As much as I love love love football Sundays, it is REALLY tough to justify sitting inside watching television when you’re living in SoCal (especially when your team isn’t on TV 95% of the time). This past Sunday, I decided to get up off the couch and go see what Downtown Los Angeles had to offer. I’ve been spending a lot of time at the house lately
getting over my post-election grief in an effort to save money, so I decided to give myself a $50 budget for the day and go on an adventure.
After skimming a few articles online, I decided my lunch stop would be Sack Sandwiches on Melrose. It was started by Top Chef contestant Michael Voltaggio and is incredibly affordable – almost everything on the menu is under $10. So I happily order my $5.50 cold fried chicken sandwich, sat outside and watched as someone was filming a reality show in the Alexander McQueen shop across the street. The chicken was delicious, my total with drink and parking was $9, and I had some entertainment so I’d say it was an excellent choice.
Once I had a full stomach, I hopped in the car and ventured a few miles to LACMA. Art museums are not really my boyfriend’s thing, so I figured I would take advantage of going solo and soak in as much art as I could. The usual tickets are $15, but I sprung for the $25 pass so I could also get into the limited exhibit – Guillermo del Toro’s “At Home With Monsters”.
“Taking inspiration from del Toro’s extraordinary imagination, the exhibition reveals his creative process through his collection of paintings, drawings, maquettes, artifacts, and concept film art. Rather than a traditional chronology or filmography, the exhibition is organized thematically, beginning with visions of death and the afterlife; continuing through explorations of magic, occultism, horror, and monsters; and concluding with representations of innocence and redemption.”
I am glad I paid the extra $10 – I really enjoyed his film Pan’s Labyrinth and the exhibit was equal parts creepy and cultured. They had a soundtrack playing throughout and you could hear rain, creaky footsteps, and loud bangs as you walked through it. Some of the sculptures were so creepy I was worried they were going to suddenly start moving.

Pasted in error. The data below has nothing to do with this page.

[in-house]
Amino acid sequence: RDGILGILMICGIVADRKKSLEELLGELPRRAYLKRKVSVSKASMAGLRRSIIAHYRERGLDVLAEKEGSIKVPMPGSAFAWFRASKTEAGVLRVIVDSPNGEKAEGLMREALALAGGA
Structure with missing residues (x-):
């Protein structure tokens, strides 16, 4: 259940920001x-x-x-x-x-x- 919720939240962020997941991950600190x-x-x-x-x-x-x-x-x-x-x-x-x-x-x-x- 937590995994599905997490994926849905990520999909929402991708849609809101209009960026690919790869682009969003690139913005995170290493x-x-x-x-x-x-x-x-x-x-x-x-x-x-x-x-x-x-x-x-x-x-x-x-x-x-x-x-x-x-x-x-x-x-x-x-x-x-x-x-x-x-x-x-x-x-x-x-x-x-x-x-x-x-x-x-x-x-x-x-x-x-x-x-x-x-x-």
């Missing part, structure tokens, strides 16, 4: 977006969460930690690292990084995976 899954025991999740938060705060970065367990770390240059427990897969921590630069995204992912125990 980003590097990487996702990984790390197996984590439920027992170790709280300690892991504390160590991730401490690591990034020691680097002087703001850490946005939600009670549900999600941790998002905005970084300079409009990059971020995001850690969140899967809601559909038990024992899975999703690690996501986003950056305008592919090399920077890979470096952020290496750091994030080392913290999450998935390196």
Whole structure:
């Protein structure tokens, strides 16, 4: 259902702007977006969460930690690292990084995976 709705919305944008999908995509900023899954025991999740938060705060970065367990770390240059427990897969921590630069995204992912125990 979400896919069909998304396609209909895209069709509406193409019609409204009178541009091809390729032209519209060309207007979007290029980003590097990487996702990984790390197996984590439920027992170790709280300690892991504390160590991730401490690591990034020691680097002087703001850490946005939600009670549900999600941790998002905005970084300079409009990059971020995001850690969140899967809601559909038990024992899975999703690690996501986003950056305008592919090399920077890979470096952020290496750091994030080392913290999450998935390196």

After I went through the del Toro exhibit, I tried to make my way through as much of the rest of the museum as I could. What I didn’t realize was how massive the place is! LACMA consists of FIVE different buildings, each with 3-4 floors of exhibits. I was there for 4 hours and feel like I only saw a small portion of it, so I know I’ll definitely be heading back.
From what I did see, I had a few favorites. First, they had some Picasso’s on display which are always impressive (but no pictures were allowed there, so you’ll have to go and see them for yourself!). They also had Andy Warhol’s infamous Campbell’s can and the well known “Urban Lights” display outside which were awesome to see in person. I also really enjoyed a lot of the modern art they had on display, which is kind of surprising because I usually find it silly. While some of it is pretty silly (like a phallic bracelet or a beetle board), a lot of it was pretty cool.
There was also TONS of historical pieces, some from Asia dating back to 250 BC, which were very interesting. I love learning more about other cultures, and every few minutes someone would be giving free tours/lectures throughout the exhibits. I took advantage and spent 20 minutes learning about Hindu art and the god Shiva. It was awesome information, and the speaker spent a lot of time explaining the purpose behind each detail in the art piece which made me appreciate it even more.
After four hours at the museum, my feet were tired and my phone was dying so it was time to make my way home. After I paid for parking at the museum, my day came to $48 – $2 under budget and worth every penny. It was definitely a fun day that I couldn’t have had if I stayed home for football, and I would recommend a stop at LACMA next time you find yourself in LA!